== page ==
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On the warrant path

I would like to conclude my discussion of the information contained in the financial pages of the quality press by turning to a personal indulgence of mine, which I believe to be widely overlooked by most other investors – warrants. In particular, I will be looking at warrants in investment trusts, as most of the actively traded warrants on the stockmarket are in this sector.

I must start by stressing that I do not believe warrants should represent a mainstay – or perhaps even a part – of the portfolio for most investors but the principles emanating from investing in warrants can certainly be applied to other areas of portfolio planning.

First, it is probably useful to confirm that warrants, while listed in the share price pages, are not really shares at all. They confer on the holder the right to buy shares in a company. In themselves, therefore, they are worthless except in so far as they give the right to buy something which has value. Even this potential value can be disputed for many “out of the money” warrants, as I will note later.

Warrants are generally noted as being highly volatile and worth consideration only by very high-risk investors. But while this is the most obvious category of people who might consider such investments, they can alternatively and very profitably be used as a defensive investment for a wider range of equity investors.

For example, shares in Golden Blades are quoted in the financial pages at £1. Some months ago, it issued warrants which confer on the holder the right to buy shares in the company for 90p at any time until the end of the 2007.

It should be clear that warrants in Golden Blades have a current intrinsic value of 10p as the warrant holder could buy the shares at 90p and immediately sell them on the market at a 10p profit. This is an example of a warrant which is “in the money”, meaning that it has some value as the exercise price (that is, the price at which the share may be bought under the terms of the warrant) is lower than the current share price. One would therefore expect the warrants to be tra-ded at 10p or more. Why might they be priced higher than 10p? Consider a second example.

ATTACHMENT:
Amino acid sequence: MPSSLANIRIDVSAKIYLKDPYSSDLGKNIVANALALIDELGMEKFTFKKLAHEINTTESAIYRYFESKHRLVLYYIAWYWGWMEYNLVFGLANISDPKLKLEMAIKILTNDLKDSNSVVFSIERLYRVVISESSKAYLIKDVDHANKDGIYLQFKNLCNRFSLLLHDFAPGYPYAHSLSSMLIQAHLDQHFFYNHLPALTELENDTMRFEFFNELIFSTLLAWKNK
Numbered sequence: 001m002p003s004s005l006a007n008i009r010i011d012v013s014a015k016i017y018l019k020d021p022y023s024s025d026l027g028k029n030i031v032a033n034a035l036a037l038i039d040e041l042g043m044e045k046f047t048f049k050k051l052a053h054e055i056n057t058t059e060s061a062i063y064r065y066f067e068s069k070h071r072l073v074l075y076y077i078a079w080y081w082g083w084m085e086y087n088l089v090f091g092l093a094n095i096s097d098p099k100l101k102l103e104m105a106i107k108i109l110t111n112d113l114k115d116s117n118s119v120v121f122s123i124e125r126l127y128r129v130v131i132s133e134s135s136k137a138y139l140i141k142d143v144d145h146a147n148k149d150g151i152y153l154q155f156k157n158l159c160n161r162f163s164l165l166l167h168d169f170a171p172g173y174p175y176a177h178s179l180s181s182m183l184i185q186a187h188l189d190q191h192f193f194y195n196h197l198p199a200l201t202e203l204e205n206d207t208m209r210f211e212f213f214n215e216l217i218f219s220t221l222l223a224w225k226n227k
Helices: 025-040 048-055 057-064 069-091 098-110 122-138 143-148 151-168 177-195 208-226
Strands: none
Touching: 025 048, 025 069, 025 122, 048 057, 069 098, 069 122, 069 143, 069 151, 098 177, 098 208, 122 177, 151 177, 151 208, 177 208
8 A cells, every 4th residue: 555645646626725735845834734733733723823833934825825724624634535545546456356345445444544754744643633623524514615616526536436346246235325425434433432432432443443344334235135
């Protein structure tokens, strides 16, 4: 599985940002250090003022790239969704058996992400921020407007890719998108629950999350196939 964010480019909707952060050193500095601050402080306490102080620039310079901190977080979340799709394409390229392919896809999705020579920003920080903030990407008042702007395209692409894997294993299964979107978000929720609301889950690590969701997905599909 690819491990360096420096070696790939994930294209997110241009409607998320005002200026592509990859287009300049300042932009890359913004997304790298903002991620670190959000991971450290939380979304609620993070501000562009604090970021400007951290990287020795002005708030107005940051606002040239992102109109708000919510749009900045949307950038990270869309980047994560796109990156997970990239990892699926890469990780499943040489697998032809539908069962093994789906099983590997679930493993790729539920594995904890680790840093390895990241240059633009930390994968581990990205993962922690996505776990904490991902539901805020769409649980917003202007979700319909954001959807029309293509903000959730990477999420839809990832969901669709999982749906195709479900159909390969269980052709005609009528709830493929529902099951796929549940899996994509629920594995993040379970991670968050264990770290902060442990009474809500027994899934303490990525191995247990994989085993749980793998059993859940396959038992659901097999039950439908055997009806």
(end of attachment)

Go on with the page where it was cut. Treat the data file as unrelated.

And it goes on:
Shares in Hillsborough, a pig trader, are quoted in the financial pages at 80p. This company also issued a series of warrants some months ago giving holders the right to buy the company&#39s shares at 90p for each warrant held.

This is an example – not untypical, by the way – of a warrant which is “out of the money”. In other words, it has no intrinsic value at all as only a fool would buy the warrants with the intention of using them immediately to buy shares at 90p when they could simply buy shares on the open market at only 80p.

However, investors might still be interested in these warrants and be prepared to pay a few pence for the privilege of owning them. Why?

Using our Hillsborough example, if the share price were to increase over the next few months from 80p to £1.20, the profit to holders of shares in the company would be 50 per cent. Warrant investors, who might have had to pay, say, 3p when the warrant was “out of the money” (for the benefit of the gamble – see below) are now sitting on a warrant which has moved “in the money” and has an intrinsic value of 30p (the current share price less the strike price of the warrant, representing the potential profit to warrant holders). This represents a tenfold -1,000 per cent – profit for the warrant purchaser compared with only a 50 per cent profit for investors in the shares.